Apple has recently updated its battery warnings on the iPhone to treat third-party and used batteries more harshly, hoping to discourage people from heading to third-party phone repair stores and getting their battery fix, rather than an Apple Store.
That has caused concern among "right to repair" people, or users who think they should be able to get their smartphones repaired wherever they want without suffering any consequences – allowing them to shop for deals or find repair discounts.
But Apple has a few good reasons for imposing new penalties, as annoying as they may seem, because third-party batteries are becoming more of an issue these days. Continue reading to learn 6 things you need to know about the battery debacle.
Apple's Battery Warnings Limit Features
Apple's changes to iOS will trigger a warning when the phone detects any battery other than a new, authentic iPhone battery installed by an authorized source. In the battery settings page, it will tell users that Apple is "unable to verify this iPhone has a genuine iPhone battery."
If that were all, people probably wouldn't have a problem with it, but Apple also blocks the battery app from showing information about the battery's health. Typically this page can display data on the battery's charge, overall battery health, and when a battery may need to be replaced. With a third-party battery, none of that works.
Apple's reasoning on this is straightforward. It doesn't want the app to provide incorrect information about the battery, and it can't guarantee that readings are accurate unless the system is dealing with a genuine iPhone battery.
Warnings Apply to Legit iPhone Batteries, Too
Yup, this isn't just about third-party and knockoff batteries. If you take a totally authentic battery, professionally installed on one iPhone, and put it in another iPhone of the same model, Apple's countermeasures will still kick in.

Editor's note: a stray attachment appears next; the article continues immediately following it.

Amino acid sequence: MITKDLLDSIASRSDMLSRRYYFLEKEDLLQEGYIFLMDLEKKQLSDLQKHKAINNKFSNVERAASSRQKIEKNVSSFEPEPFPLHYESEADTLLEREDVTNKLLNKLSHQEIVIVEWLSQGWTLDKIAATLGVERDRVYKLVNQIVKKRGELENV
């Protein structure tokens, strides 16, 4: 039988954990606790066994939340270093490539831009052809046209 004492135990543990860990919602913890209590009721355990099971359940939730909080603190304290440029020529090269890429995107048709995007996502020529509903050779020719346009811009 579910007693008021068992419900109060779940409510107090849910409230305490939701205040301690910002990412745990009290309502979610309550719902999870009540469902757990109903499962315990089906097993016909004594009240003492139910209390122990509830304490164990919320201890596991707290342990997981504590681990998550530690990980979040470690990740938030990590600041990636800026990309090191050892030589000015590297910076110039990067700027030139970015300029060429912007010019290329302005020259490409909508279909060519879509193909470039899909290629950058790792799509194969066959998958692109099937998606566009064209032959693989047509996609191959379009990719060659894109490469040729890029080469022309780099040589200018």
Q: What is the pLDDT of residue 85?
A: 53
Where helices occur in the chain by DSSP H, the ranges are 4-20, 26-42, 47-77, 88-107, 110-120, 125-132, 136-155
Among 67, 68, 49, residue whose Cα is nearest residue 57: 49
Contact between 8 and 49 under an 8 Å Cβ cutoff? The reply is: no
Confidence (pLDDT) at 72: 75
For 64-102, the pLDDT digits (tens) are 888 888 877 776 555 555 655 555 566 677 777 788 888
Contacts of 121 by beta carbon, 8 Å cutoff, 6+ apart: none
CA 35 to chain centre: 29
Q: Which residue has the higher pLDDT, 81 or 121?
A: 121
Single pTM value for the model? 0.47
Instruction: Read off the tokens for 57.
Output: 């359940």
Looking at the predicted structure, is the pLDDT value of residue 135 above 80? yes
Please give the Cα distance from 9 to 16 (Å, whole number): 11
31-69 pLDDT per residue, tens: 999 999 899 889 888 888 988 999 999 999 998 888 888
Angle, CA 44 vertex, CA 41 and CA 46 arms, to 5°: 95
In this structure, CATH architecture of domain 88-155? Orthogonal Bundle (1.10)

That's a significant blow to anyone who may be selling "refurbished" iPhone batteries or similar products. Again, Apple wants to make entirely sure that its battery readings are accurate, and that nobody has tampered with the battery.
Switching out a used iPhone battery, even if it's precisely the right kind, still won't guarantee it'll work as expected.
Fake Batteries Are Becoming a Big Problem
One of the biggest reasons that Apple is cracking down on third-party batteries and all related, unauthorized battery repair is that fake batteries have become an epidemic for electronics users, and iPhones are no exception. More and more manufacturers are trying to make fake "replica" iPhone batteries and flood the market with them to make a quick buck. While some users buy these batteries online, a frequent target for these replicas are third-party repair services looking for a good deal on iPhone batteries.
In other words, Apple needs to guarantee the battery supply line from creation to installation on your iPhone to make sure that these ubiquitous replicas aren't involved. If they are involved, Apple wants to make it clear that it doesn't support them and will not enable those battery functions.
Unauthorized Batteries Can Be Dangerous
These batteries are also a serious safety issue! Replica batteries are sold for cheap because they are cheaply and shoddily made, and this introduces a lot of potential problems. A poorly made lithium-ion battery can overheat, catch on fire, and explode. It's happened before, and it's a danger to your data, your body, and your surroundings, depending on how bad the fire is.
Apple definitely wants to avoid any chances of this happening (especially with the Samsung debacle of exploding batteries), and it doesn't want any liability for potential lawsuits. Also, it's trying to keep iPhone users safe.
Unauthorized Batteries Won't Last As Long
If warnings about meltdowns and fires aren't enough, keep in mind that replica and used batteries won't last nearly as long as a new iPhone battery. They can decay quickly and may encounter more power problems that lead to iPhone crashes. While some users may be attracted to third party services because they can get batteries replaced for much cheaper, the shortened battery lifespan negates this benefit, giving people another reason to think twice.
It's Easier Than Ever to Get Authorized iPhone Battery Service
If you're having battery problems, you can take your iPhone to any Apple Store (or even Best Buy) and ask about authorized service. They will help you get a new battery or otherwise fix your problem without any of the risks of going to a third-party supplier. If you're curious about repair times and waiting, call your local store and ask! Turn around time can range from a few hours to just a few days.
Oh, and if you'd like to preserve your battery for as long as possible, it may be a good idea to cut back using your wireless charger so much (unless it has a fan). Be sure to follow these battery saving tips as well.